The Institutional Investors and Corporate Governance
Niculae Feleaga
Theoretical and Applied Economics , 2006,
Abstract: The years between 1990-2000 represented the rising power period for the institutional investors, especially within the developed countries. In the Anglo-Saxon environment, such a growth significantly modified the structure of companies’ shareholder frameworks. The development and the institutionalization of the stock exchange market determined the companies’ bonds to be more concentrated within the hands of the financial institutions, which have a superior economic expertise, rather than do the natural persons when saving. In order to diminish the informational lack of symmetry, between the company’s leaders and its shareholders, and for influencing the leaders in managing the enterprise – with the purpose of maximizing value – some institutional investors tried to implement an external control system. Therefore, they formulated new corporate governance procedures. The development of the institutional investors is part of a reform movement targeted towards the macro-financial environment. That is why, two important elements deserve to be mentioned: the households’ financial patrimonies and the structure of the financing frameworks. The institutional investors are essentially the mutual funds, the insurance companies and the pension funds, and therefore they manage considerable amounts of capital (in thousands of billions of dollars) within the assembly of OCDE countries.
Identification of Occupational Cancer Risks in British Columbia, Canada: A Population-Based Case—Control Study of 1,155 Cases of Colon Cancer  [PDF]
Raymond Fang,Nhu Le,Pierre Band
International Journal of Environmental Research and Public Health , 2011, DOI: 10.3390/ijerph8103821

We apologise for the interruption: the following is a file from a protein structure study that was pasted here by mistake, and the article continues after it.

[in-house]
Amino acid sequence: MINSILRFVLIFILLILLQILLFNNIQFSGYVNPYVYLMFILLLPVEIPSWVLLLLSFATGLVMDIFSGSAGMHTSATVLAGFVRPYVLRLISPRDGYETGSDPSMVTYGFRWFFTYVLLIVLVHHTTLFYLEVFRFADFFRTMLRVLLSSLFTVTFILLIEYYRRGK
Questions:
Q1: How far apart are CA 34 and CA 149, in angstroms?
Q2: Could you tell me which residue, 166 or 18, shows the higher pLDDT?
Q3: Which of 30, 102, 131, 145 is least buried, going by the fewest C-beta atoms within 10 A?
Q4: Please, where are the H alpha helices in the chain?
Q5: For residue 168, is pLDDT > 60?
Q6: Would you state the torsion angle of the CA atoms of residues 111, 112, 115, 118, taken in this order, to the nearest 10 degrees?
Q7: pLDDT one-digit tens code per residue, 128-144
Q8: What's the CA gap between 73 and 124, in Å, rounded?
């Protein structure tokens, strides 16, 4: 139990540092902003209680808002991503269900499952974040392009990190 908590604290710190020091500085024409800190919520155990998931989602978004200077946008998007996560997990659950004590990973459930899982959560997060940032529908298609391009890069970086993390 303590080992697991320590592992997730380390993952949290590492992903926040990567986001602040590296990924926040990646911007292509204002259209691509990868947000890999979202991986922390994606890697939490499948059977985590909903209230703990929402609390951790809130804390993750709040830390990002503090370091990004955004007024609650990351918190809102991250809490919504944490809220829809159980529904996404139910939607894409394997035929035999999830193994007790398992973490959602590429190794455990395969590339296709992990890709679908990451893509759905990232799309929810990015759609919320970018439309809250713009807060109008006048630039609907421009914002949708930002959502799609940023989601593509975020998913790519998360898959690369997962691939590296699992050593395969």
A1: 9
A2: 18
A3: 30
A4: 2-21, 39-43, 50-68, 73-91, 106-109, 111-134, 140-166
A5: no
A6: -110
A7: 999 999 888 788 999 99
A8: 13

Abstract: Objective: Cancer has been recognized to have environmental origin, but occupational cancer risk studies have not been fully documented. The objective of this paper was to identify occupations and industries with elevated colon cancer risk based on lifetime occupational histories collected from 15,463 incident cancer cases. Method: A group matched case-control design was used. All cases were diagnosed with histologically proven colon cancers, with cancer controls being all other cancer sites, excluding rectum, lung and unknown primary, diagnosed at the same period of time from the British Columbia Cancer Registry. Data analyses were done on all 597 Canadian standard occupation titles and 1,104 standard industry titles using conditional logistic regression for matched data sets and the likelihood ratio test. Results: Excess colon cancer risks was observed in a number of occupations and industries, particularly those with low physical activity and those involving exposure to asbestos, wood dusts, engine exhaust and diesel engine emissions, and ammonia. Discussion: The results of our study are in line with those from the literature and further suggest that exposure to wood dusts and to ammonia may carry an increased occupational risk of colon cancer.
Schizophrenic Representative Investors  [PDF]
Philip Z. Maymin
Quantitative Finance , 2010,
Abstract: Representative investors whose behaviour is modelled by a deterministic finite automaton generate complexity both in the time series of each asset and in the cross-sectional correlation when the rule governing their behaviour is schizophrenic, meaning the investor must hold multiple seemingly contradictory beliefs simultaneously, either by switching between two different rules at each time step, or computing different responses to different assets.